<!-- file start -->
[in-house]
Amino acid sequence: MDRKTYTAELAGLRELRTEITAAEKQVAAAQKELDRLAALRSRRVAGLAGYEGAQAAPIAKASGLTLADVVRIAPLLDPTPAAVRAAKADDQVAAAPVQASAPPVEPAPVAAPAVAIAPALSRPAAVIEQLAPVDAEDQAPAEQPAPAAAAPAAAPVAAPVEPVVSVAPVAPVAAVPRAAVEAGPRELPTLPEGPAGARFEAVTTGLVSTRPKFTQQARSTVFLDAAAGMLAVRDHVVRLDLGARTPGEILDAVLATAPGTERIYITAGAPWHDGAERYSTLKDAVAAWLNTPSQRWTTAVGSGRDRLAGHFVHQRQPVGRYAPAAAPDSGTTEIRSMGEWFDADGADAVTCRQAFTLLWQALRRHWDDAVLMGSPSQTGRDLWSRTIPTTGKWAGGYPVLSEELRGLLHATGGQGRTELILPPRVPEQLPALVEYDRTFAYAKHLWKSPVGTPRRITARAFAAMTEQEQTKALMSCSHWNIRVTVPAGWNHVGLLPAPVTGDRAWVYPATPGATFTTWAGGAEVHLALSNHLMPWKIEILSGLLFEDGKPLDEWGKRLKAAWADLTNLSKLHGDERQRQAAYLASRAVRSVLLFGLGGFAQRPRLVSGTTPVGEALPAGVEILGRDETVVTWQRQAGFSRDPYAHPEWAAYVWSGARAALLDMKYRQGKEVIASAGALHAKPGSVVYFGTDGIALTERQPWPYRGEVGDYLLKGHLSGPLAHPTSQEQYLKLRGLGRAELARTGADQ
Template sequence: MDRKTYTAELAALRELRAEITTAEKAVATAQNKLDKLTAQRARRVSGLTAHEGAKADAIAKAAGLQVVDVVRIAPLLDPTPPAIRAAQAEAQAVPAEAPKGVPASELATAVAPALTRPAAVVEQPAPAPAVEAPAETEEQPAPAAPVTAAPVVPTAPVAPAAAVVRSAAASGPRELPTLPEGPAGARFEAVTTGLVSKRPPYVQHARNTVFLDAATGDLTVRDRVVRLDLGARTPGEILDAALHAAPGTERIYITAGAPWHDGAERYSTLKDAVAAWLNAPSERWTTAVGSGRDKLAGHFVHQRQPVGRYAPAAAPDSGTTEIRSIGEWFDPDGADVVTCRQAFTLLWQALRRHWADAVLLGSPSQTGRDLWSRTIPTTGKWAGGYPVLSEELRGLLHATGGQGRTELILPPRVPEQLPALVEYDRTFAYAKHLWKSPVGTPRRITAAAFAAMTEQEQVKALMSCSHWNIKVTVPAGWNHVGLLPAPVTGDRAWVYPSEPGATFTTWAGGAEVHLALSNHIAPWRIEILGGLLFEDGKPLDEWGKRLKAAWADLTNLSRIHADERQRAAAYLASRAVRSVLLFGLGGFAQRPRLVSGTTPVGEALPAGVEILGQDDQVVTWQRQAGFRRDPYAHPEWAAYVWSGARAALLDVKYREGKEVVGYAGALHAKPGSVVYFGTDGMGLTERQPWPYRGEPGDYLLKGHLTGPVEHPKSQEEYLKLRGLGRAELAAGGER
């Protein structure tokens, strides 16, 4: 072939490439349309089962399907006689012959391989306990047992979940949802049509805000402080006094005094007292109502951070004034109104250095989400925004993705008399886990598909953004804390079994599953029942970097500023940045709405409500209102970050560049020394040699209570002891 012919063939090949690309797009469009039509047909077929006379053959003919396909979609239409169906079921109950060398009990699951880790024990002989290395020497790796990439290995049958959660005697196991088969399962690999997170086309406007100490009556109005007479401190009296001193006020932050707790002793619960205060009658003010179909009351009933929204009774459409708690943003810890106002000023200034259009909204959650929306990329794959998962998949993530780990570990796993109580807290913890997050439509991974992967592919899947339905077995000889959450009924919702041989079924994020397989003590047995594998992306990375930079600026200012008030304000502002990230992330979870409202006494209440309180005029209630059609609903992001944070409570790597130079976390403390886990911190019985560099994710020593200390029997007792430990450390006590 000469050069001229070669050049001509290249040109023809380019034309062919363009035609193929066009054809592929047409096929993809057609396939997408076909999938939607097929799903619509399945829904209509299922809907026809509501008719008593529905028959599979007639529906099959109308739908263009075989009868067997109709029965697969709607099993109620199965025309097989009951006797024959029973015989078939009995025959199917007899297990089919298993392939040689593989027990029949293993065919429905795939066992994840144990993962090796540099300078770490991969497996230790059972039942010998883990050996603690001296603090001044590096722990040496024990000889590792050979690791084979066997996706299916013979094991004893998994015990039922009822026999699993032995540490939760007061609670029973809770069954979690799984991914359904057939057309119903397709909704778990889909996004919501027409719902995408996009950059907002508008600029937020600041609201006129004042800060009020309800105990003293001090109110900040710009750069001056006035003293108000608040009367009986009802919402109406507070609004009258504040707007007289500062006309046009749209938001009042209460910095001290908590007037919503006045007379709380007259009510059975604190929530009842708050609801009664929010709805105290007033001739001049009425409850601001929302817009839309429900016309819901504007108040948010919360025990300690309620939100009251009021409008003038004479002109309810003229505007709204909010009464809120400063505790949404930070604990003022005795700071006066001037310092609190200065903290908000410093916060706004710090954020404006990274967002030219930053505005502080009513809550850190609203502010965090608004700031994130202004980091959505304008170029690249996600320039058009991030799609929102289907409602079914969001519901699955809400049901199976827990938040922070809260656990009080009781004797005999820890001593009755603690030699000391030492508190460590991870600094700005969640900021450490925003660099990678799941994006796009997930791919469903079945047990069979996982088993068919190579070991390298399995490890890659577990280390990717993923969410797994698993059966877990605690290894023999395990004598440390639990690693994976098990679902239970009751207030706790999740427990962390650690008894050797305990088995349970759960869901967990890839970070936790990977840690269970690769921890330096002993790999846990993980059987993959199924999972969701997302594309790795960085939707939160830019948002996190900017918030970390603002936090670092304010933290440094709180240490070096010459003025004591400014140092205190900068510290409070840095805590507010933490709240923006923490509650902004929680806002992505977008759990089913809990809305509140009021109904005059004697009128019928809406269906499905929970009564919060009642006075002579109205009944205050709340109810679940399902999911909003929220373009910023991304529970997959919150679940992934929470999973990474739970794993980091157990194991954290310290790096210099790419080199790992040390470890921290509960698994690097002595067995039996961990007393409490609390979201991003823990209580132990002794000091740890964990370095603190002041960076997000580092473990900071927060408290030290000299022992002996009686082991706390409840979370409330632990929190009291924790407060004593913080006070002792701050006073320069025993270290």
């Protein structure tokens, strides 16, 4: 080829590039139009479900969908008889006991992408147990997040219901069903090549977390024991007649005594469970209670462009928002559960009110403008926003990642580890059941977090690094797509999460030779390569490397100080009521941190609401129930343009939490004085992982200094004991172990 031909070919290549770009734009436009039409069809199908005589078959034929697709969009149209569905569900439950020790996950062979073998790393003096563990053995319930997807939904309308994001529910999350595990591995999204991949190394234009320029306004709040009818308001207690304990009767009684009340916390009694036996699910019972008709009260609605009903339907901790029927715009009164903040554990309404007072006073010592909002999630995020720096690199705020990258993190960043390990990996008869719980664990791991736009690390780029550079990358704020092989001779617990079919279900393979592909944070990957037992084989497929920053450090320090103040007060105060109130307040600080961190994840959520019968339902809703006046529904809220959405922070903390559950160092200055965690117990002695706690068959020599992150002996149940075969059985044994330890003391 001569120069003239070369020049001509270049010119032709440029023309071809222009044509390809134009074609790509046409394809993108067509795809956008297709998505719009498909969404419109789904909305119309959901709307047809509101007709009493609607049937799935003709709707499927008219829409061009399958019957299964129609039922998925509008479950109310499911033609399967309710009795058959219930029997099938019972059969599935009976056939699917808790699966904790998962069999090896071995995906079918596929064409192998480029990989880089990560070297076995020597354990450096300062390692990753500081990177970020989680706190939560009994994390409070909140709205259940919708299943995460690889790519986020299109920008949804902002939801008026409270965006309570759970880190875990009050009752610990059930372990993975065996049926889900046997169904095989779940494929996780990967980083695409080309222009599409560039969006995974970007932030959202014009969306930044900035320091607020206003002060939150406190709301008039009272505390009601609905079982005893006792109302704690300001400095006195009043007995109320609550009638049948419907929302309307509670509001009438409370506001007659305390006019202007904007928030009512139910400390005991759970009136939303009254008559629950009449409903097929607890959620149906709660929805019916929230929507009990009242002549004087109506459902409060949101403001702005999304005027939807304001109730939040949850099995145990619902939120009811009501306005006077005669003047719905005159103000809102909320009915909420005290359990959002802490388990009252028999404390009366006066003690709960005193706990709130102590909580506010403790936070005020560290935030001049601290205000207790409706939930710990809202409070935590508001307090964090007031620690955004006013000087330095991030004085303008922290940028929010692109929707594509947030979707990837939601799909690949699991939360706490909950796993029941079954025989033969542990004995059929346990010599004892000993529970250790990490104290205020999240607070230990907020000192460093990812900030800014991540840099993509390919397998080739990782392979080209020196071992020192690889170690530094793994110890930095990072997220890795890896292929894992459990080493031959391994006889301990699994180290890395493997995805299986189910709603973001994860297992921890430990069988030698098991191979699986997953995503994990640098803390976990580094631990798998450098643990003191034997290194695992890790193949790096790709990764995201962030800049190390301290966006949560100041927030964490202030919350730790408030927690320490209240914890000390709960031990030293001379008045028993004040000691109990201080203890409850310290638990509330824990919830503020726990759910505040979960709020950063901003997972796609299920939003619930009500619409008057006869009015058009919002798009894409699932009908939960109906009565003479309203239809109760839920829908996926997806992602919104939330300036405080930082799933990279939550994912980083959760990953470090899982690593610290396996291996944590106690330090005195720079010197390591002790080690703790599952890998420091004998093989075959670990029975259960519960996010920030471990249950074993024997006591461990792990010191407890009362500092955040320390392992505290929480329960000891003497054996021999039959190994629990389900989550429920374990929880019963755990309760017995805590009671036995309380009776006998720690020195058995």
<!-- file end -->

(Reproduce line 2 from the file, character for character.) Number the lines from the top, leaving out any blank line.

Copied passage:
Amino acid sequence: MDRKTYTAELAGLRELRTEITAAEKQVAAAQKELDRLAALRSRRVAGLAGYEGAQAAPIAKASGLTLADVVRIAPLLDPTPAAVRAAKADDQVAAAPVQASAPPVEPAPVAAPAVAIAPALSRPAAVIEQLAPVDAEDQAPAEQPAPAAAAPAAAPVAAPVEPVVSVAPVAPVAAVPRAAVEAGPRELPTLPEGPAGARFEAVTTGLVSTRPKFTQQARSTVFLDAAAGMLAVRDHVVRLDLGARTPGEILDAVLATAPGTERIYITAGAPWHDGAERYSTLKDAVAAWLNTPSQRWTTAVGSGRDRLAGHFVHQRQPVGRYAPAAAPDSGTTEIRSMGEWFDADGADAVTCRQAFTLLWQALRRHWDDAVLMGSPSQTGRDLWSRTIPTTGKWAGGYPVLSEELRGLLHATGGQGRTELILPPRVPEQLPALVEYDRTFAYAKHLWKSPVGTPRRITARAFAAMTEQEQTKALMSCSHWNIRVTVPAGWNHVGLLPAPVTGDRAWVYPATPGATFTTWAGGAEVHLALSNHLMPWKIEILSGLLFEDGKPLDEWGKRLKAAWADLTNLSKLHGDERQRQAAYLASRAVRSVLLFGLGGFAQRPRLVSGTTPVGEALPAGVEILGRDETVVTWQRQAGFSRDPYAHPEWAAYVWSGARAALLDMKYRQGKEVIASAGALHAKPGSVVYFGTDGIALTERQPWPYRGEVGDYLLKGHLSGPLAHPTSQEQYLKLRGLGRAELARTGADQ